The first time I ever heard The Derek Trucks Band was a few summers ago when I saw them open for the Allman Brothers Band at the Plain Dealer Pavillion in Cleveland, Ohio. They were already onstage when we arrived at the venue and I just remember being enveloped by the sound of this singing slide guitar. At first it sounded like the ghost of Duane Allman risen from the dead but as I found my seat and settled in to the music, it started to feel like a completely different thing. The band had elements of blues, jazz, world music, jam band music and pretty much any other style you can think of. At one point, they played a version of the John Coltrane arrangement of "My Favorite Things" that changed the way I looked at that song. The next time I listened to Coltrane play it, I found myself thinking about that live rendition, with Derek Trucks' slide guitar taking role of Coltrane's saxophone.
The next day I bought "Songlines," which was their current album at the time, and was pretty much astounded by it. I had heard Trucks play with the Allman Brothers many years before - I think he was still a teenager - and he sounded good but his playing was a little immature. Young musicians, especially those roaming into blues and jazz territory, often sound like they need to live a little bit to flesh out the blood and guts in their playing. By the time "Songlines" came out, which was 2006, Trucks had been on the road as a member of the Allman Brothers for ten years or so, first sharing guitar duties with Dickey Betts and later with Warren Haynes. His playing had not only matured, it had moved far beyond his early musings as a near perfect imitator of Duane Allman into a full throated, distinct voice to be reckoned with.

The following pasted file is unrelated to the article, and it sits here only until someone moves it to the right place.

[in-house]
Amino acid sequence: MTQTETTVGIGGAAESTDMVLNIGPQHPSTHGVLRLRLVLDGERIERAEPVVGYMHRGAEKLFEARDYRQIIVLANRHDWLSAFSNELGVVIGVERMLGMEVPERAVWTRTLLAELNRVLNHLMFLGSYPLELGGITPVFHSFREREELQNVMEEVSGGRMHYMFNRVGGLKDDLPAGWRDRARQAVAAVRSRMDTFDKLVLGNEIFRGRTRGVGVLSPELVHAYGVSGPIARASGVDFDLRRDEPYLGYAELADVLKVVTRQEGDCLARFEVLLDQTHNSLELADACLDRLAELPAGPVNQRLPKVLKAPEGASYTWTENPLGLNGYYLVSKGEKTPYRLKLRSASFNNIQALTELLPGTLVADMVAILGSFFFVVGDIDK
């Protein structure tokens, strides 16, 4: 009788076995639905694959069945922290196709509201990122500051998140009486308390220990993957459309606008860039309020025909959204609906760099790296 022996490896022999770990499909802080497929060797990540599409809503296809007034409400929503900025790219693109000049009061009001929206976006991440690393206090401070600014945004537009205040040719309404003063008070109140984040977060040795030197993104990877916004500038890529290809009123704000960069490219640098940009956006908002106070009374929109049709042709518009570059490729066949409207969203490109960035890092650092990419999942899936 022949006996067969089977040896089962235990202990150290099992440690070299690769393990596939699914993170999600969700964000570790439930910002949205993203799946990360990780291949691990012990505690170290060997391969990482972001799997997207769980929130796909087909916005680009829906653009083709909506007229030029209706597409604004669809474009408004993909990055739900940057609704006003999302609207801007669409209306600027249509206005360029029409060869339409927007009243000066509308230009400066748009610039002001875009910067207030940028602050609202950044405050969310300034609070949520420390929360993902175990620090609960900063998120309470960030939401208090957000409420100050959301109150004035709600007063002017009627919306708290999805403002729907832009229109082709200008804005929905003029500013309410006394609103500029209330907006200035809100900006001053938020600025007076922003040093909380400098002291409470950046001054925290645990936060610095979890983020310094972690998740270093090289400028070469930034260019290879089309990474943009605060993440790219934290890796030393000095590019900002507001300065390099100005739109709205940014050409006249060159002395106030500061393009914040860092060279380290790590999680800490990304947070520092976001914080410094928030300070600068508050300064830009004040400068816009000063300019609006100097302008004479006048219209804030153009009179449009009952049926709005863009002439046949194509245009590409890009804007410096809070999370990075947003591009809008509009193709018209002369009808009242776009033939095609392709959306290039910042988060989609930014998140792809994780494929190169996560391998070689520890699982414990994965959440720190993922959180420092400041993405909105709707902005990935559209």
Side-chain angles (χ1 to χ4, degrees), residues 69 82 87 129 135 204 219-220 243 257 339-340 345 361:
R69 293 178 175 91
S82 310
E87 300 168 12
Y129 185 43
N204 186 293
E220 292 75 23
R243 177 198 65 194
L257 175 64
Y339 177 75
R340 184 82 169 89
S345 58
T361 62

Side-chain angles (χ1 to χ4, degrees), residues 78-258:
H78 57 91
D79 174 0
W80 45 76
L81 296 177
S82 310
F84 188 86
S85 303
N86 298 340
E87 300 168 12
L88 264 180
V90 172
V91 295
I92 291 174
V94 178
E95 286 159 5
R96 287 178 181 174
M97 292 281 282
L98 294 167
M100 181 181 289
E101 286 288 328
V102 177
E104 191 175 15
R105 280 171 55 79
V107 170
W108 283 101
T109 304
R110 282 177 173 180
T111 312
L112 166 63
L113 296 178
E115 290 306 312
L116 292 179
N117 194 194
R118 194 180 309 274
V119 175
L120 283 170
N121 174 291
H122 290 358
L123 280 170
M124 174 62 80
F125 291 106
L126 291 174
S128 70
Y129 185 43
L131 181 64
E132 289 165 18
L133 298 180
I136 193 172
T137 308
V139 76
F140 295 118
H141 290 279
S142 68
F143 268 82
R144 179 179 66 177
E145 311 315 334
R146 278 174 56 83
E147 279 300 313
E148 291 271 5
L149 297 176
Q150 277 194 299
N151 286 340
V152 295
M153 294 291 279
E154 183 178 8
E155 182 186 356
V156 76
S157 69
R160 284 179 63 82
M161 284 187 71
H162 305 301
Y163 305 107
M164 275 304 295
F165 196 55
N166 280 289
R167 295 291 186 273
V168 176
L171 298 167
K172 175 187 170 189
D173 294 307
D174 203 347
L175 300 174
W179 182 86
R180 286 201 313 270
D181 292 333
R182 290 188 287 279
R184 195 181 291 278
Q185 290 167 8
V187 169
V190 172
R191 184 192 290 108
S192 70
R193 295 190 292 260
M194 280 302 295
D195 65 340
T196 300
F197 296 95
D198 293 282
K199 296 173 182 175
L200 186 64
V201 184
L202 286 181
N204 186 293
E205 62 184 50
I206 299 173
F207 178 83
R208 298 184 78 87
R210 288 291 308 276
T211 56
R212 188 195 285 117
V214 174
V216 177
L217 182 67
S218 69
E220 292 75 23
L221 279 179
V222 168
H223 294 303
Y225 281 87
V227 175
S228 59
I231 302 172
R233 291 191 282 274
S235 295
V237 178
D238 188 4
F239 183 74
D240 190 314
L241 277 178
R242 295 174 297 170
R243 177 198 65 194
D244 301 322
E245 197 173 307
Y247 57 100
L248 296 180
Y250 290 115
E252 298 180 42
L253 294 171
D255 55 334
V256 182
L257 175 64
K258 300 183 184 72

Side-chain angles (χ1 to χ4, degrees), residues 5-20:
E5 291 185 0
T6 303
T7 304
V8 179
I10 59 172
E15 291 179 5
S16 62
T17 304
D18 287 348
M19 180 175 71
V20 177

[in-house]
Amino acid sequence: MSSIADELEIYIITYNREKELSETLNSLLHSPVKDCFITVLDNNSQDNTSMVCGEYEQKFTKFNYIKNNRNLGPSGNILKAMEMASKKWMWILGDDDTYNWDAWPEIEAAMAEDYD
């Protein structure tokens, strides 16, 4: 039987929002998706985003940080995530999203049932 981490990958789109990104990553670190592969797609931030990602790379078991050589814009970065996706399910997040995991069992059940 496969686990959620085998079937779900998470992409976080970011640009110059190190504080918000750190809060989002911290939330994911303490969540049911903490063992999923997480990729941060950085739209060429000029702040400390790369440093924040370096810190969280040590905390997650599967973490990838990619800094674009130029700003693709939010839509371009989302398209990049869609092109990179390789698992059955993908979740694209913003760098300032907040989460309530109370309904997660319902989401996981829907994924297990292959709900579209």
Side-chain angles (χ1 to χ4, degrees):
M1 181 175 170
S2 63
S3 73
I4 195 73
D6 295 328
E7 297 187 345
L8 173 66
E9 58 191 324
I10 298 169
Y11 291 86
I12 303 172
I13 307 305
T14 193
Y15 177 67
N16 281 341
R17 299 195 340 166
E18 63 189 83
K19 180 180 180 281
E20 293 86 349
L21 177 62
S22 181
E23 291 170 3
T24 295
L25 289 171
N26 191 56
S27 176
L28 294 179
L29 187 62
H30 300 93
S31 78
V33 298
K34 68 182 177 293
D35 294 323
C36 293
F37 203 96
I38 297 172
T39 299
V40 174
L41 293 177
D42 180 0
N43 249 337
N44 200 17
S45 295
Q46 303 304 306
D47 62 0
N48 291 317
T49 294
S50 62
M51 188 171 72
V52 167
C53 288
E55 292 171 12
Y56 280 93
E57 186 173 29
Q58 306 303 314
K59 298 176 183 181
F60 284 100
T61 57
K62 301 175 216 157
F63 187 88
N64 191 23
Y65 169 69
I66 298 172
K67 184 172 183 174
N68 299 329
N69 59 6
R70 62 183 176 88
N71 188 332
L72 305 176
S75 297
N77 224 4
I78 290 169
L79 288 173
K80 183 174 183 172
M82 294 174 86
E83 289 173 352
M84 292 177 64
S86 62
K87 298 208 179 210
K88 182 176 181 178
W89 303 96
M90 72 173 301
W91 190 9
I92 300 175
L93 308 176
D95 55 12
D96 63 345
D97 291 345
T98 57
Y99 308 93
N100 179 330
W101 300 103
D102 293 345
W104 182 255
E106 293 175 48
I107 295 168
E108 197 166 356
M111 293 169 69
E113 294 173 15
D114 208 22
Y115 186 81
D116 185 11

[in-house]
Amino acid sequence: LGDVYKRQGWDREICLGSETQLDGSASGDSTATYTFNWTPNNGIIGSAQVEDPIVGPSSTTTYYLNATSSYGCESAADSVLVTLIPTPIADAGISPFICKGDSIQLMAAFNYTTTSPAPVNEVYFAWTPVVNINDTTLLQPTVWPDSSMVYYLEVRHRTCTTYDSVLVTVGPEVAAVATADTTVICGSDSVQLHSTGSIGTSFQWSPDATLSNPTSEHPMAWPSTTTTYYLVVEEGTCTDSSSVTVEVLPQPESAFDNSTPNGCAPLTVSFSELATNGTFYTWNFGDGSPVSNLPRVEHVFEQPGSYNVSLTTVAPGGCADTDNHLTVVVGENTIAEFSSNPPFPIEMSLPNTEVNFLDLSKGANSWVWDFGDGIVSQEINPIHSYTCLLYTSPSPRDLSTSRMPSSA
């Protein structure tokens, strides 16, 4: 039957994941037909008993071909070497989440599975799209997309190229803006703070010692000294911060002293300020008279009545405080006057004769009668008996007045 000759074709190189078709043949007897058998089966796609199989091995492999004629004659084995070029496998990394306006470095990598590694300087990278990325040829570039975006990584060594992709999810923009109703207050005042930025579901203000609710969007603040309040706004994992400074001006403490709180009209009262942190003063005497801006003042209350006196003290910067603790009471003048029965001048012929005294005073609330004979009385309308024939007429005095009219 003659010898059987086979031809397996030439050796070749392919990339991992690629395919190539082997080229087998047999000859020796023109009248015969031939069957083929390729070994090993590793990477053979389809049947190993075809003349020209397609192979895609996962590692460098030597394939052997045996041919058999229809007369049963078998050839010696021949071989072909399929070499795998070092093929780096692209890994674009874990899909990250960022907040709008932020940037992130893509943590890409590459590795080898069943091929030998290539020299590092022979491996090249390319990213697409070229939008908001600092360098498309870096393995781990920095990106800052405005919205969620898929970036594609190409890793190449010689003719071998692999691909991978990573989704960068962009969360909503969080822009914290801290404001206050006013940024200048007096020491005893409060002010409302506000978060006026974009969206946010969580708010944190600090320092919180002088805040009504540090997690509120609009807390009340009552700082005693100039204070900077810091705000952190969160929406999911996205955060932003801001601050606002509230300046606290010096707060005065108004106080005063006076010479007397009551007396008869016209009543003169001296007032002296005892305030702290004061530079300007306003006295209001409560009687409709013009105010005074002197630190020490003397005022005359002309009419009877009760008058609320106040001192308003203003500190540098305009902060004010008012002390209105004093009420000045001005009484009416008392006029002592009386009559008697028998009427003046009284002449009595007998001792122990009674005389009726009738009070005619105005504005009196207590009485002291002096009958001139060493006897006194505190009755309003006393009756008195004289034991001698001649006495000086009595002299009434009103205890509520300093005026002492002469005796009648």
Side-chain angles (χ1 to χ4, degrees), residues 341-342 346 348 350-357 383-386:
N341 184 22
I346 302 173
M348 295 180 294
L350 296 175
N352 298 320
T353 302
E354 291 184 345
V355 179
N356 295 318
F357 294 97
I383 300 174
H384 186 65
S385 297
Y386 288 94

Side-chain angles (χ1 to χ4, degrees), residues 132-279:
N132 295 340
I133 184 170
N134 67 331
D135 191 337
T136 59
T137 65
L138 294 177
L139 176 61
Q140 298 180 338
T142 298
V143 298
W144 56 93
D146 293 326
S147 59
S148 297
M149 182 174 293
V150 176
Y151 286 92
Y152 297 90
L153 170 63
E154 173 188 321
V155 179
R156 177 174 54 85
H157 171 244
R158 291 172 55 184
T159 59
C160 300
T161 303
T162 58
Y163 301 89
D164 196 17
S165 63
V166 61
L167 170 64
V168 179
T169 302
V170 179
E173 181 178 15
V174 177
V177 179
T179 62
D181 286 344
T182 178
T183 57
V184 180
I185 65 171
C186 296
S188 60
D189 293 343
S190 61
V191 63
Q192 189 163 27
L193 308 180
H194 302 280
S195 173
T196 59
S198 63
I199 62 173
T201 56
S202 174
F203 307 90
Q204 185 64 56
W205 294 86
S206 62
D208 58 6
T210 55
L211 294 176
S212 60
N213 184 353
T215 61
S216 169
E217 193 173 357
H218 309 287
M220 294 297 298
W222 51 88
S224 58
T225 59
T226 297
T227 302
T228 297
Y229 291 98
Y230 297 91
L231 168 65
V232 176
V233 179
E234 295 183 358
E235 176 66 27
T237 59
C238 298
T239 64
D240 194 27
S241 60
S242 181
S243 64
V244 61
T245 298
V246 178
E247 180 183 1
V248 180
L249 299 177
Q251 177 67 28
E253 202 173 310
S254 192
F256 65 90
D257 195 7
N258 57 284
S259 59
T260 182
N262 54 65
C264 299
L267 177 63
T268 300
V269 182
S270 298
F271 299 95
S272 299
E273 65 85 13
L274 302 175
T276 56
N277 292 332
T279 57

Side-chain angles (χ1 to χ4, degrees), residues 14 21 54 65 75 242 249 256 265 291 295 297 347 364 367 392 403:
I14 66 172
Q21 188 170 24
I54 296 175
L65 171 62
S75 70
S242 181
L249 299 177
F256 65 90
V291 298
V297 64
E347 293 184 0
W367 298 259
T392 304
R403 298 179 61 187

Two years later, we have "Already Free," which takes the passionate, unique jazz and blues of "Songlines" many steps further and sees the band developing into a force to be reckoned with. The album was recorded in Trucks' home studio, with the whole band playing together in one room. From the opening cover of Bob Dylan's "Down In The Flood" through the deep south gospel groove of "Sweet Inspiration" and the introspective, funk/blues of "Get What You Deserve" this album positively crackles with electricity. The record is a bit of a mixed bag of blues, jazz, gospel, alt country etc., but the distinct personality of the band and that slide guitar somehow hold it together as a cohesive listening experience that works best when taken as a whole, as opposed to playing just a song or two.
6 years ago